1:1 Nineveh. Nineveh, the capital of Assyria, was destroyed in 612 B.C., by a confederacy of the hosts of Babylon, Media, and Scythia, according to the generally accepted Biblical chronology, so the prophecy of Nahum was given before that. The exact date, however, is unknown.

1:1 Nahum. Nahum was a prophet of Judah, but his prophecy focuses entirely on Nineveh and Assyria. His home was in Elkosh, which may later have been renamed Kaphar-Nahum (the village of Nahum), or Capernaum, in honor of its most famous citizen.

1:2 his adversaries. Nineveh had turned to God at the preaching of Jonah, perhaps a century or so before Nahum’s prophecy. Having once heard and professed the truth, the guilt of Nineveh became all the more inexcusable when she turned from the Lord into greater violence and wickedness than ever. Hence, Nahum prophesied God would soon take revenge on “His adversaries.”

1:3 in the storm. Although tornadoes and other violent storms are natural phenomena in the world under God’s Curse (Genesis 3:17-19), their causes are very complex and their timing and intensity cannot yet be predicted by scientists. Angels, however, with greater wisdom, can—to some degree—control them for God’s purposes. In fact, as Job’s experiences showed, even Satan and his fallen angels may have this knowledge (Job 1:13-20).

1:4 drieth up all the rivers. Compare Joel 1:20; Revelation 11:6; 16:12. The catastrophic natural phenomena implied here go far beyond any events that occurred when Nineveh was destroyed by the Babylonians and their allies. However, such events are described in connection with the great tribulation period of the last days. This may well mean that at least some of the prophecies of Nahum, like many other Old Testament prophetic Scriptures, have both near and far fulfillments. The immediate focus was on wicked Nineveh and its coming destruction. The long-range view, however, looks toward end-time catastrophes on all these Bible lands, including the Assyro/Babylonian region where Nineveh once reigned.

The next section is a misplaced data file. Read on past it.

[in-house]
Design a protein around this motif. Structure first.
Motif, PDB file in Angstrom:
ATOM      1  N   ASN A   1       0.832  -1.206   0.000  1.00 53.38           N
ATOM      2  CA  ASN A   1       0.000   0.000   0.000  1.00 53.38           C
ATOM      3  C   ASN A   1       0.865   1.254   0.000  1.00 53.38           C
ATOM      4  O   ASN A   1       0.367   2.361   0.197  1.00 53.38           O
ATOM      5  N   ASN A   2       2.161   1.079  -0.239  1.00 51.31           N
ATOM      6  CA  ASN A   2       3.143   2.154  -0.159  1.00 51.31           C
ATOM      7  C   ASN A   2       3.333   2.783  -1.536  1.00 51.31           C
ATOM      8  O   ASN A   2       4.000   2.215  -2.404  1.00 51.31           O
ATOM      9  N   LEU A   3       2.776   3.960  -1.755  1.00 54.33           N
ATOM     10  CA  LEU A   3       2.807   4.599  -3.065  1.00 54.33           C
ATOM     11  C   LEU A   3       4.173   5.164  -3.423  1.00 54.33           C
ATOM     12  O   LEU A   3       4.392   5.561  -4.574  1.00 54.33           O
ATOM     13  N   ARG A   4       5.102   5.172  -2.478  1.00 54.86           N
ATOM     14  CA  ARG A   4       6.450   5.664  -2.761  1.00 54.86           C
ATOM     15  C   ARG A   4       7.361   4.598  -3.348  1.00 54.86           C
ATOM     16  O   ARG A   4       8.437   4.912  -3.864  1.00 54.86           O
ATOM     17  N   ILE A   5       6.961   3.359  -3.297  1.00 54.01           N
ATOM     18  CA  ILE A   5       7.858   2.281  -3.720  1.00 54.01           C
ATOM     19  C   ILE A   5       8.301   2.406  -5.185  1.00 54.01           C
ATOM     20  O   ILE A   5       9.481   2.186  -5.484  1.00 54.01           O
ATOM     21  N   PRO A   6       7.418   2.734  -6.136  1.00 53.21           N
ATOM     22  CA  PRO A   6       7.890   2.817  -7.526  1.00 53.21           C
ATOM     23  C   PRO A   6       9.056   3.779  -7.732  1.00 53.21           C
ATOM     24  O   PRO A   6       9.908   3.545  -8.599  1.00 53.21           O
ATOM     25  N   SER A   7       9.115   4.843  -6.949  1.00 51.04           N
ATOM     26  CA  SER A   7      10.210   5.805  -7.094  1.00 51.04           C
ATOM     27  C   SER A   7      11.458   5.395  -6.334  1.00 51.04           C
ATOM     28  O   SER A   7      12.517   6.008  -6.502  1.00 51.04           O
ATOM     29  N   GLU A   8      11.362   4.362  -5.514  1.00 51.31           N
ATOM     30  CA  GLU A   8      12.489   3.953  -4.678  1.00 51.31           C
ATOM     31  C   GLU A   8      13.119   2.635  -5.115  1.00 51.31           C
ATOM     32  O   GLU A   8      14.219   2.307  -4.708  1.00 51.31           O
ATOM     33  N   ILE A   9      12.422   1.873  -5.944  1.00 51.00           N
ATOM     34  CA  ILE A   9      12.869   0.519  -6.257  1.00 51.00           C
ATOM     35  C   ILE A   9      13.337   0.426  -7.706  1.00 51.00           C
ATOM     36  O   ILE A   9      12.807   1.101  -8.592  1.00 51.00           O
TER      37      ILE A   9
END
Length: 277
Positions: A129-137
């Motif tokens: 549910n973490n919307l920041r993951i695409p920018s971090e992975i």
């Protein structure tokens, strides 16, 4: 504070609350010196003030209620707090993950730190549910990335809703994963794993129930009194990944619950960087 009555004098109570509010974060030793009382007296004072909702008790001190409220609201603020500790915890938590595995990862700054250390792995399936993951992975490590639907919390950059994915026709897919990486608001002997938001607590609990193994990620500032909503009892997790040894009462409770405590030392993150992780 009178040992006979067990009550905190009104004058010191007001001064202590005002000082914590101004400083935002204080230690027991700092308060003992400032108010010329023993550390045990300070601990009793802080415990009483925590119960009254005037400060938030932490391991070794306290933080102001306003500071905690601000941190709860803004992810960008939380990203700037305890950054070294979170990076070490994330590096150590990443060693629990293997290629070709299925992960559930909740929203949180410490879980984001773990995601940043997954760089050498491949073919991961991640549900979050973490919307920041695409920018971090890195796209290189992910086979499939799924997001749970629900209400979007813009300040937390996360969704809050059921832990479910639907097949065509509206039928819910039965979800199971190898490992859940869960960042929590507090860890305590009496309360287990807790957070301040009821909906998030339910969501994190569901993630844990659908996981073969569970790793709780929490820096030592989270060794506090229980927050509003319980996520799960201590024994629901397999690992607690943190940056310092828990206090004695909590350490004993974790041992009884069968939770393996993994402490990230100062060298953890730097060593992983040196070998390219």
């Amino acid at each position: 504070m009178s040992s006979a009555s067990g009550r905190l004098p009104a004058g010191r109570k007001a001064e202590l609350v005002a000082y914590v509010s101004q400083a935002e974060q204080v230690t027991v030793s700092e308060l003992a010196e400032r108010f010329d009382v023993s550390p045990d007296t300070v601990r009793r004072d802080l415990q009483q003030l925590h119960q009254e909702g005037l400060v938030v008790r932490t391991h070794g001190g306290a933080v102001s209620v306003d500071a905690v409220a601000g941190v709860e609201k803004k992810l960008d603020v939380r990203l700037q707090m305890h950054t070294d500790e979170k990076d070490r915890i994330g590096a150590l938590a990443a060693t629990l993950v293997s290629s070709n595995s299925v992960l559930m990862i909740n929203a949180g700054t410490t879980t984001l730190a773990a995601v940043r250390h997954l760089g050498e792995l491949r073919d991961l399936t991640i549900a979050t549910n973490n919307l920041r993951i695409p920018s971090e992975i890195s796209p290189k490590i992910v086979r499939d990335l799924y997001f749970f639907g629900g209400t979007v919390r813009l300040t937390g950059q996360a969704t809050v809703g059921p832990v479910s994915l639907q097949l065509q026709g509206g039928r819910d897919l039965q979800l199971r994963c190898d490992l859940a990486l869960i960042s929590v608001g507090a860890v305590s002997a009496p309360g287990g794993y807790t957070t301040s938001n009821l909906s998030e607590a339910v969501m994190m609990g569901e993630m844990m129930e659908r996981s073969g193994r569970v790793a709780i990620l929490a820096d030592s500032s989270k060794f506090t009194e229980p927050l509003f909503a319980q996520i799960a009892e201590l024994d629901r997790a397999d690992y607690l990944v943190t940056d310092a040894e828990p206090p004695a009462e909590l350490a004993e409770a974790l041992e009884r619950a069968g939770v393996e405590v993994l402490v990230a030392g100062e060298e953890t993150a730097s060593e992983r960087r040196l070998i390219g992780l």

1:5 burned at his presence. Note such last-day characteristics as revealed in Revelation 6:12; 8:7; II Peter 3:10.

1:7 day of trouble. “The day of trouble” may refer to the tribulation period of the last days. This comforting promise to those who trust in the Lord would seem more appropriately applied to the persecuted believers of that day, rather than to any believing Ninevites (if there were any) at the time when Nineveh was destroyed by the invading armies of Babylon and its confederates.

1:11 imagineth evil. Many scholars believe that Nahum prophesied in Judah at least partially during the reign of Hezekiah. If so, this could well be a prediction of the imminent invasion of Judah and Jerusalem by the Assyrian armies under Sennacherib.

1:12 he shall pass through. Again assuming that this passage refers mainly to the armies of Sennacherib, this is a remarkable prophecy of the miraculous deliverance of Jerusalem. “Though they [the Assyrians] be quiet [i.e., asleep], and likewise many [185,000], yet thus shall they be cut down [all slain], when he [i.e., the angel of the LORD] shall pass through” (II Kings 19:35).

1:14 make thy grave. Over and over again Nahum prophesies the utter demise—not only of Sennacherib (II Kings 19:36-37) and his descendants—but eventually even of Nineveh and the entire Assyrian empire. This was completely fulfilled.

1:15 publisheth peace. This beautiful pre-Christian gospel message evidently was repeated and extended by Isaiah, sometime after the miraculous deliverance from Sennacherib (Isaiah 52:7).


© 2014 Institute for Creation Research. All Rights Reserved.

Proclaiming Scientific Truth in Creation | www.icr.org